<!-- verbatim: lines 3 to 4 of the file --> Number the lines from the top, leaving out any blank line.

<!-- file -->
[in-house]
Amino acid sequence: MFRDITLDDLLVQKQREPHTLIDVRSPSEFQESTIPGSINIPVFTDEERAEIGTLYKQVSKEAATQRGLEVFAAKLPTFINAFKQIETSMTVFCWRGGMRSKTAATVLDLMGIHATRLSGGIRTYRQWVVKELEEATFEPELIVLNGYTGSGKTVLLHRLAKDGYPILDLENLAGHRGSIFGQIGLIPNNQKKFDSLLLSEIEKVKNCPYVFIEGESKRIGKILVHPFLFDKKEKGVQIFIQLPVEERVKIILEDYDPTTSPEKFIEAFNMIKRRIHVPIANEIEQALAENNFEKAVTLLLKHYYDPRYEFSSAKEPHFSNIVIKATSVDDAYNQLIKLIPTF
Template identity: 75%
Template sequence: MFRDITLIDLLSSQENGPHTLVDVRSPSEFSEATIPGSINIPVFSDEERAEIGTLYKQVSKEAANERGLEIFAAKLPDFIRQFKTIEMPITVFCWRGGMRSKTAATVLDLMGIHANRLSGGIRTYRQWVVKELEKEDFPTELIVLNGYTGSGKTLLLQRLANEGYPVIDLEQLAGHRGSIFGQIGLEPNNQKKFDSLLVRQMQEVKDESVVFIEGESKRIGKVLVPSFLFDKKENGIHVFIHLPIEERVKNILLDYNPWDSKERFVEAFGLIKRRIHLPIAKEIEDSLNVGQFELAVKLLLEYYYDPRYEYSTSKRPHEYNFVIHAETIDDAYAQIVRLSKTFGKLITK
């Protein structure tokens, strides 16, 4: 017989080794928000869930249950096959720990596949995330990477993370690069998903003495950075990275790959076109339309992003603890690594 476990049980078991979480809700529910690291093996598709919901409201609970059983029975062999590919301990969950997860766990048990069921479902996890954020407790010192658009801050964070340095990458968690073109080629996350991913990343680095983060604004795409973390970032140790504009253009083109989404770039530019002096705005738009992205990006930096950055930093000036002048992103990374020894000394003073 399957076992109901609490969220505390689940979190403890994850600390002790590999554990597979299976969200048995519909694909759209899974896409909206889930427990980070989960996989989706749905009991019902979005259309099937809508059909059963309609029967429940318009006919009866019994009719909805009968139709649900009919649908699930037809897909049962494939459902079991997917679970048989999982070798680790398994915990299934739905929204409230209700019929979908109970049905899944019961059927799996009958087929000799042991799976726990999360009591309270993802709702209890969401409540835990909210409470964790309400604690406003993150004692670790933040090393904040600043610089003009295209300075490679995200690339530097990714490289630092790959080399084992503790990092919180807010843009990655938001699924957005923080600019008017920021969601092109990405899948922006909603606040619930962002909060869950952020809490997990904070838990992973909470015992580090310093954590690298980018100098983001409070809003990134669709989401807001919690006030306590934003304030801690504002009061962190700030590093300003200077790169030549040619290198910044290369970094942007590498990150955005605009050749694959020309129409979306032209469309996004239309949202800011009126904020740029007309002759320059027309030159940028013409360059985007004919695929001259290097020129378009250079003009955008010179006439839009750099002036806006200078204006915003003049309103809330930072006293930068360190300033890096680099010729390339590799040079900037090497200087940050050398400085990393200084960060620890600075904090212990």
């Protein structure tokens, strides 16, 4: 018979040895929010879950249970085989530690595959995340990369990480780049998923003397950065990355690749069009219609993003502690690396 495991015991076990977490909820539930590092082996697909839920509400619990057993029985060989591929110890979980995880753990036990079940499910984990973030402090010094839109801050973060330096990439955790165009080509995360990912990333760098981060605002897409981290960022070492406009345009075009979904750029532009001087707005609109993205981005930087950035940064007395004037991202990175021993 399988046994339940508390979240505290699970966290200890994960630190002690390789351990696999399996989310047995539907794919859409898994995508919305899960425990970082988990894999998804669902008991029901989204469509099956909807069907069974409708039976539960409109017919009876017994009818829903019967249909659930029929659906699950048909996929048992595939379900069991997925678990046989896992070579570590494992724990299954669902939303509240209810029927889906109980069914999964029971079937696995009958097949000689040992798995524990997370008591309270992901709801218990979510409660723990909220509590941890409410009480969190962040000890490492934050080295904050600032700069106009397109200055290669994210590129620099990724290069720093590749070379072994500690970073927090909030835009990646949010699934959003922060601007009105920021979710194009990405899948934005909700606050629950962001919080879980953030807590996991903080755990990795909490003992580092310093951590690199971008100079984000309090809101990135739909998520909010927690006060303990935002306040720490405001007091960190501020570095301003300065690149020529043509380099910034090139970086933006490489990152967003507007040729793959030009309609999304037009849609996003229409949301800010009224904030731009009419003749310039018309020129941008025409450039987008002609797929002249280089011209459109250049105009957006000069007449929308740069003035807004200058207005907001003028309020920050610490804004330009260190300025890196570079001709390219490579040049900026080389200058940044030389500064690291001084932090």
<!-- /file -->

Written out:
Template identity: 75%
Template sequence: MFRDITLIDLLSSQENGPHTLVDVRSPSEFSEATIPGSINIPVFSDEERAEIGTLYKQVSKEAANERGLEIFAAKLPDFIRQFKTIEMPITVFCWRGGMRSKTAATVLDLMGIHANRLSGGIRTYRQWVVKELEKEDFPTELIVLNGYTGSGKTLLLQRLANEGYPVIDLEQLAGHRGSIFGQIGLEPNNQKKFDSLLVRQMQEVKDESVVFIEGESKRIGKVLVPSFLFDKKENGIHVFIHLPIEERVKNILLDYNPWDSKERFVEAFGLIKRRIHLPIAKEIEDSLNVGQFELAVKLLLEYYYDPRYEYSTSKRPHEYNFVIHAETIDDAYAQIVRLSKTFGKLITK